Roll Over Twitter: Tumblr is the Best Social Media Platform for News

To anyone who blogs on WordPress, posts videos to YouTube, updates Facebook, Tweets and has been experimenting with Google Plus: Tumblr might seem like a blog too far....


To anyone who blogs on WordPress, posts videos to YouTube, updates Facebook, Tweets and has been experimenting with Google Plus: Tumblr might seem like a blog too far. Certainly, it seemed that way to me. But when I saw Comscore describe it dryly as “one of the fastest growing consumer oriented Internet sites” and Mashable eulogise over it’s growth in traffic from 2 billion per month to 13 billion in the past year –  I decided to take another look.

If you’re not familiar with Tumblr, it’s often described as a halfway house between a blog and Twitter. It’s effectively a blog where you can post photos, videos, quotes, text and other snippets you find online, in a “tumble” of information. Typically, Tumblelogs resemble scrap-books, loosely held together by a theme, or the personality of the Tumblr, and, I have to say, I’ve usually found them less than inspiring.

That was until I came across ShortFormBlog.

At first glance ShortFormBlog is as unexciting as most of the other Tumblr sites I’ve seen. It’s a bit scrappy-looking, with photos, quotes and snippets of text logged one above the other. But that’s just until you realise what it represents: it’s a near perfect demonstration of online News curation.

In case you missed it, publishers who can curate and share high-value content rapidly and in easily digestible formats online are emerging as the modern News channels of choice. So to see that the people running this site are picking the most interesting photos, quotes, videos and extracts from other News sources (who are always credited) and simply sharing them without comment – thus saving me the bother of reading long articles or clicking through pages – is refreshing in the extreme.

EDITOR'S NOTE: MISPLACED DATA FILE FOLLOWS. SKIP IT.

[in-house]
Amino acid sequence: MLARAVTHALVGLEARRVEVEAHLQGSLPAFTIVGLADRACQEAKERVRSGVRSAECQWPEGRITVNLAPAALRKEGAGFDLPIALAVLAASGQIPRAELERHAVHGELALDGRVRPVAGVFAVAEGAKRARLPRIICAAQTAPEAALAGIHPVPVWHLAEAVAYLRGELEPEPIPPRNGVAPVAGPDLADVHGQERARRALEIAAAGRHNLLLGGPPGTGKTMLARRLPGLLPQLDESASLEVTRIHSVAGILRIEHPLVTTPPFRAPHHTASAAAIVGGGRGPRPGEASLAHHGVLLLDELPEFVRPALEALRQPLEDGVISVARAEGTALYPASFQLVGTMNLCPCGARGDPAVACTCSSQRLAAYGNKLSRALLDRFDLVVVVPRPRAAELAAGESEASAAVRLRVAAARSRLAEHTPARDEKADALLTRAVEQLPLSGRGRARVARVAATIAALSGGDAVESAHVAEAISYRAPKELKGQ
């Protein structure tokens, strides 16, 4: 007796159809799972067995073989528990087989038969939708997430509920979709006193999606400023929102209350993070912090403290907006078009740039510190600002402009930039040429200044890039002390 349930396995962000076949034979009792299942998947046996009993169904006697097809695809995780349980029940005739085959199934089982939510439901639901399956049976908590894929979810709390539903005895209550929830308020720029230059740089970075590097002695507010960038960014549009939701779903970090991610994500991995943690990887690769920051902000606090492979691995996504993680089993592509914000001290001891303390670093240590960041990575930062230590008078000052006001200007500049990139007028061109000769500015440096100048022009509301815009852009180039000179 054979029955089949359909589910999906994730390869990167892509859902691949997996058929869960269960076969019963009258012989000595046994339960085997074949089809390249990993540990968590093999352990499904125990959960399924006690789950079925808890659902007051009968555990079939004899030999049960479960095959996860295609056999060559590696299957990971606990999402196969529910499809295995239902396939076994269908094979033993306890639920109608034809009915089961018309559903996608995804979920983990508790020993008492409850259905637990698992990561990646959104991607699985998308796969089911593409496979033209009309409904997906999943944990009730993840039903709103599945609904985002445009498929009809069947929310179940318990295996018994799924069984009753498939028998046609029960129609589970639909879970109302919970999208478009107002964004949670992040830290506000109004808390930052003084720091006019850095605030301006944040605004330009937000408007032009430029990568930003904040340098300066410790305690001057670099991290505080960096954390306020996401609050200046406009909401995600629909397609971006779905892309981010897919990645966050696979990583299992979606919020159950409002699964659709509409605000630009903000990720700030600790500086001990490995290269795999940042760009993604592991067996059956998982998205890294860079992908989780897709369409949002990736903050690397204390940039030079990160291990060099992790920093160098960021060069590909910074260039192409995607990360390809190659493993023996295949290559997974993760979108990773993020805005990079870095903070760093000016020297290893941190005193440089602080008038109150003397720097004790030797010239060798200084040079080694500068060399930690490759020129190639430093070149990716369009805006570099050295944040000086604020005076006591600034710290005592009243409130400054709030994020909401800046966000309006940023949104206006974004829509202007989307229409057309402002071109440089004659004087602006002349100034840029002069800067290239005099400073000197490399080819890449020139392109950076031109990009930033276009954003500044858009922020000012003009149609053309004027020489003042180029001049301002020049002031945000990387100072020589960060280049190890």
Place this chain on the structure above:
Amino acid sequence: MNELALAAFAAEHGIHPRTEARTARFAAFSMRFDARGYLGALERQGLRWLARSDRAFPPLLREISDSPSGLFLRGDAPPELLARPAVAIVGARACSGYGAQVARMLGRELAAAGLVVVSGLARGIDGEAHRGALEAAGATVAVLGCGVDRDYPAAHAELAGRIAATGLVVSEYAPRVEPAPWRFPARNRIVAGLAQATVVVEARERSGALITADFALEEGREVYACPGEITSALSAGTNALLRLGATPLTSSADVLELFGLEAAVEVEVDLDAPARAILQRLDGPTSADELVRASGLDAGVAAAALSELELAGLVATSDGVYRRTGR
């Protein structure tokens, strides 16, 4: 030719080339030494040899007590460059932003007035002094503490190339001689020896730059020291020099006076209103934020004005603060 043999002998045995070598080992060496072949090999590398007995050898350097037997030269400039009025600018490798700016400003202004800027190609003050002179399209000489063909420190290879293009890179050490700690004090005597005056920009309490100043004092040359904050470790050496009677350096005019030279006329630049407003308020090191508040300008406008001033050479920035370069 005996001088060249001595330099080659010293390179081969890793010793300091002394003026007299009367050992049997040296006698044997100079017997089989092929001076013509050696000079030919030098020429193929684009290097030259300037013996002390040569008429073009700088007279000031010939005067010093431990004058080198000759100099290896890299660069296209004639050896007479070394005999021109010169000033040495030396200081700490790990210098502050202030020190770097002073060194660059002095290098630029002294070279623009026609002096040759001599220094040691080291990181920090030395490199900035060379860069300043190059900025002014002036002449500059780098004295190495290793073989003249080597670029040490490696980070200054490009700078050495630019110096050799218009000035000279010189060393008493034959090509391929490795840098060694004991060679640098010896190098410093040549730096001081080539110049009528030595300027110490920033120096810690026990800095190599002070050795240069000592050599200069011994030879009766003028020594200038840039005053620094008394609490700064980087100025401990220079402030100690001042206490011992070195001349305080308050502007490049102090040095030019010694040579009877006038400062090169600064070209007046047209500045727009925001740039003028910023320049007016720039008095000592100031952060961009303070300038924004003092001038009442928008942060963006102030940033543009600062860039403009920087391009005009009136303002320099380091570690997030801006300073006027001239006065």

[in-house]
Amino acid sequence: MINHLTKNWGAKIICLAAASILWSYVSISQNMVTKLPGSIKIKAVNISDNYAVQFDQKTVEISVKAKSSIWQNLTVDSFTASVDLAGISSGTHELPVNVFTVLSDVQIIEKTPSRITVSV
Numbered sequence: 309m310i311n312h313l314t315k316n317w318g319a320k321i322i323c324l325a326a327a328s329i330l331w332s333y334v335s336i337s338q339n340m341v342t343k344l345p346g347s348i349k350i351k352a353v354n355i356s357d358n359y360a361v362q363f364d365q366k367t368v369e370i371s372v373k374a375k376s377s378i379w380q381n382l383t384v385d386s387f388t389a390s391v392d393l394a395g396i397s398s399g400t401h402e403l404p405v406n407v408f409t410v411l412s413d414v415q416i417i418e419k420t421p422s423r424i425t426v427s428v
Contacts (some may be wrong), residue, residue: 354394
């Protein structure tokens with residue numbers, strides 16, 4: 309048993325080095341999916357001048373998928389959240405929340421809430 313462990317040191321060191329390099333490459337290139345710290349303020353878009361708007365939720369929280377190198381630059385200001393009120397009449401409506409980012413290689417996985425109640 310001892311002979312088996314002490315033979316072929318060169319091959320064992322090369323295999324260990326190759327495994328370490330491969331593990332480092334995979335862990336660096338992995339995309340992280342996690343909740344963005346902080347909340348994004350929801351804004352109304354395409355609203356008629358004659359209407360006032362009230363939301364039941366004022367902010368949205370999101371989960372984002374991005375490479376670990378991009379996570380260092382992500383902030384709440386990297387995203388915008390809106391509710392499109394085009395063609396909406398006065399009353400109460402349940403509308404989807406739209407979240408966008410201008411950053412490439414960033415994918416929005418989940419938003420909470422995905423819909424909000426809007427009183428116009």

Sure, Twitter’s great for headlines, but for real news you want photos, choice quotes and videos – not a whole blog post or article, but bite-sided snippets. This is Tumblr’s great strength and ShortFormBlog is a great example of what’s possible when you put this curation tool into the right hands.

You could say that Google Plus also offers bite-sized items of content in a stream that’s richer than Twitter, but less onerous than writing (or reading) a blog, yet Google Plus is still in it’s nascent months and will probably never offer the design configuration options that Tumblr does already. I also just don’t think Google Plus is designed for news aggregation, it’s too personal.

So, should you be using Tumblr?

If you’re a busy person seeking to build a loyal readership by finding and sharing interesting and valuable content, then yes, I think you should consider using Tumblr over, for example, a WordPress blog. If you’re hoping to attract random readers via SEO, though, Tumblr might not work. It’s been reported that Tumblr pages don’t rank well in search results. I would also recommend using it alongside Twitter, rather than instead of it.

Whether you decide to Tumbl or not, I’ll bet you’ll be reading Tumblr sites in the next 12 months. To my mind Tumblr stands out as a platform for content curation like no other – and for that it deserves our recognition.

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  1. Carla Reply

    I use Tumblr on occasion and I do love it for catering to my sometimes random interests and hobbies. I can post an image just as easily as a video or a rant or anything really. And while I don’t disagree with your arguments and the praise you give Tumblr, I do have a few concerns about the platform. 

    1- They have too many unpredictable operating issues. You would think after multiplying their work force significantly over the last year, these issues would have been fixed. Queued posts are often held up or posted at the wrong time. Time stamps sometimes don’t work. Servers are down for maintenance every so often. And I’m not even a daily user!

    2- Their search feature is the absolute worst. Twitter isn’t much better in this area but tweets, unlike blog posts, are no longer valuable after some time anyway, whereas a blog post still can be. 

    3- Their demographic is too concentrated, mainly used by teenagers and college students. While several brands, corporations and professionals have adopted Tumblr as their blogging platform of choice, there is still an audience to be gained.

    Don’t get me wrong, I love the potential of Tumblr, but there’s still work to be done.

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